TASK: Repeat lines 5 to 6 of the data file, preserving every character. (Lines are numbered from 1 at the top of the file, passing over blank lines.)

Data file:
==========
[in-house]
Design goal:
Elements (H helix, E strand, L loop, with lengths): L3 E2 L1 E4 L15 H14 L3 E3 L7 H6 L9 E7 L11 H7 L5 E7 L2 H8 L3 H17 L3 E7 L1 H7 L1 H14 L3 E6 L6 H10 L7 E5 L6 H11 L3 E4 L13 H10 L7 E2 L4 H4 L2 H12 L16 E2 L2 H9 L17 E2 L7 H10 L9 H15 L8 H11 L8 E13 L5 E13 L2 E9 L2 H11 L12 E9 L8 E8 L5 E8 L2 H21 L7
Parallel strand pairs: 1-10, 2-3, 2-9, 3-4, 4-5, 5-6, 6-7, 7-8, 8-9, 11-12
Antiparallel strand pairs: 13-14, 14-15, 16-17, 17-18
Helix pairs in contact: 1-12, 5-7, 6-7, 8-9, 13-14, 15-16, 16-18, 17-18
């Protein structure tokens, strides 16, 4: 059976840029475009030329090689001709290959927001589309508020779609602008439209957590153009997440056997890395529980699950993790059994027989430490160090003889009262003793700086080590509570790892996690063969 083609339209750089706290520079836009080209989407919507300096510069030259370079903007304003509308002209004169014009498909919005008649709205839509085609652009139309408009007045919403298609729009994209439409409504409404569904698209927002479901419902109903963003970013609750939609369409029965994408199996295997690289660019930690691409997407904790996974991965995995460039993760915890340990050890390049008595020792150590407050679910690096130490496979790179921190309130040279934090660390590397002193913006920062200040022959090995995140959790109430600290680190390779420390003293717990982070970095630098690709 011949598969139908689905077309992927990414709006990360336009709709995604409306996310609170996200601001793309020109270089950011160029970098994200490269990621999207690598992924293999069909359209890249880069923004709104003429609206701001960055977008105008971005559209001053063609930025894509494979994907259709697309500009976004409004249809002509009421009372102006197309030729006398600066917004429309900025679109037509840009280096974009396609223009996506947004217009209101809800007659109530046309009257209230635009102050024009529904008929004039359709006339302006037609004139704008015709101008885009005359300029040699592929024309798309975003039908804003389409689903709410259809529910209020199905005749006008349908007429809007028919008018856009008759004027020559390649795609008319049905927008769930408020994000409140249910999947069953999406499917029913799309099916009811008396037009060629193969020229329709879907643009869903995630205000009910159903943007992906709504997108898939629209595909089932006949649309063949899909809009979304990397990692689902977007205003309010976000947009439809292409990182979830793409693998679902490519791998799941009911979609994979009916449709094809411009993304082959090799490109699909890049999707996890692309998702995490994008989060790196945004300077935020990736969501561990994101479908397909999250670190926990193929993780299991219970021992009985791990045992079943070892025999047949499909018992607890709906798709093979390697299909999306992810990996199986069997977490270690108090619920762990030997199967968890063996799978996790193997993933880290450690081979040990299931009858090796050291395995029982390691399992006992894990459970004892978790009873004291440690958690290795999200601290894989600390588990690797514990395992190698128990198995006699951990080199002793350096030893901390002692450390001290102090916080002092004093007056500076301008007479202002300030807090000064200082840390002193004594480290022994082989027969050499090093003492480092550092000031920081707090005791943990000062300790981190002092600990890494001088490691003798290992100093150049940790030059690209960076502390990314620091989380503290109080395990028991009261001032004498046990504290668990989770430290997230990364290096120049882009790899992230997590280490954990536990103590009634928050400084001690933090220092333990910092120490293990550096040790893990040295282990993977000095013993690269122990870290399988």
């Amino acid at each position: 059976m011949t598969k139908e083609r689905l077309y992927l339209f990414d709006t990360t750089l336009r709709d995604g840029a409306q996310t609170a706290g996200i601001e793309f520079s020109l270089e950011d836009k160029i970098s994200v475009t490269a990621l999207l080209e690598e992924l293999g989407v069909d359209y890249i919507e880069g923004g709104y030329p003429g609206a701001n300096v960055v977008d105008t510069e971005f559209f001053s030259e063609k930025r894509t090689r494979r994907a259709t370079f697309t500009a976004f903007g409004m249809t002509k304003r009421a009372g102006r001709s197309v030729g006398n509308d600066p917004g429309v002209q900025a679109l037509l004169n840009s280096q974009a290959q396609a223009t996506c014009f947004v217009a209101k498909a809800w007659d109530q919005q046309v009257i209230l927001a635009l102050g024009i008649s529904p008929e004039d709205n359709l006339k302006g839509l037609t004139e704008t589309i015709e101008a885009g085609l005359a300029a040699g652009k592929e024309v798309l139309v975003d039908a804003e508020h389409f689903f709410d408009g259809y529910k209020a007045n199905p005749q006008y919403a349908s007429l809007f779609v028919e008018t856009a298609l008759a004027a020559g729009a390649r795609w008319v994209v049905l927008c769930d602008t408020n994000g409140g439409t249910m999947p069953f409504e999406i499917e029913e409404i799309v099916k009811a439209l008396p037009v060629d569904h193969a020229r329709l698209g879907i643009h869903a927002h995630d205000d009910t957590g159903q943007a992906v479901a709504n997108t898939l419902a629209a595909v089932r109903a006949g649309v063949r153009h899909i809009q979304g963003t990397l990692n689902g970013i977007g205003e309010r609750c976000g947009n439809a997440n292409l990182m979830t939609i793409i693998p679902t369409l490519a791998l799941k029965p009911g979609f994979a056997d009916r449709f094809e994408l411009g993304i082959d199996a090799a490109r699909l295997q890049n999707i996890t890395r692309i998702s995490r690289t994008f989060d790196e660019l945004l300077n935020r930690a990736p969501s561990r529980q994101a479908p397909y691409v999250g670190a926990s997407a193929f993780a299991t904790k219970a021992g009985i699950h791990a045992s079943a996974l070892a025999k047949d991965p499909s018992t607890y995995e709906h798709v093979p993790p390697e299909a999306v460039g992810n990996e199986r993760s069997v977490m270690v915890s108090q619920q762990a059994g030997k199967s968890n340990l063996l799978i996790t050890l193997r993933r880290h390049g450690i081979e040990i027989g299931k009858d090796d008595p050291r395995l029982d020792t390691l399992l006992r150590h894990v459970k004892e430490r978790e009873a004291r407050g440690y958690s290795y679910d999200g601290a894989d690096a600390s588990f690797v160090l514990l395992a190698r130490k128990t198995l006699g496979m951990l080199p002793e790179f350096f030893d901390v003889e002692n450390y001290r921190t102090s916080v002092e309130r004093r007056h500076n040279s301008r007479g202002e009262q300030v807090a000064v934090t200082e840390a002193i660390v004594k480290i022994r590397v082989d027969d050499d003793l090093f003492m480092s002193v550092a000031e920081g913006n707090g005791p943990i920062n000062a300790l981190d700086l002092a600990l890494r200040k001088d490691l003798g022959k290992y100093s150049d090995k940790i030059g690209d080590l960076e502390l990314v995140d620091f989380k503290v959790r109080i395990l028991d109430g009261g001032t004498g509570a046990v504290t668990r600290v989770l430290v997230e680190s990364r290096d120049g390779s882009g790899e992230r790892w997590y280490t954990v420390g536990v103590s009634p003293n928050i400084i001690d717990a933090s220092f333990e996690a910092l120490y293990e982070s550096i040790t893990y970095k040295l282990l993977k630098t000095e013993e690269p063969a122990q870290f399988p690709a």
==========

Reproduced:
Antiparallel strand pairs: 13-14, 14-15, 16-17, 17-18
Helix pairs in contact: 1-12, 5-7, 6-7, 8-9, 13-14, 15-16, 16-18, 17-18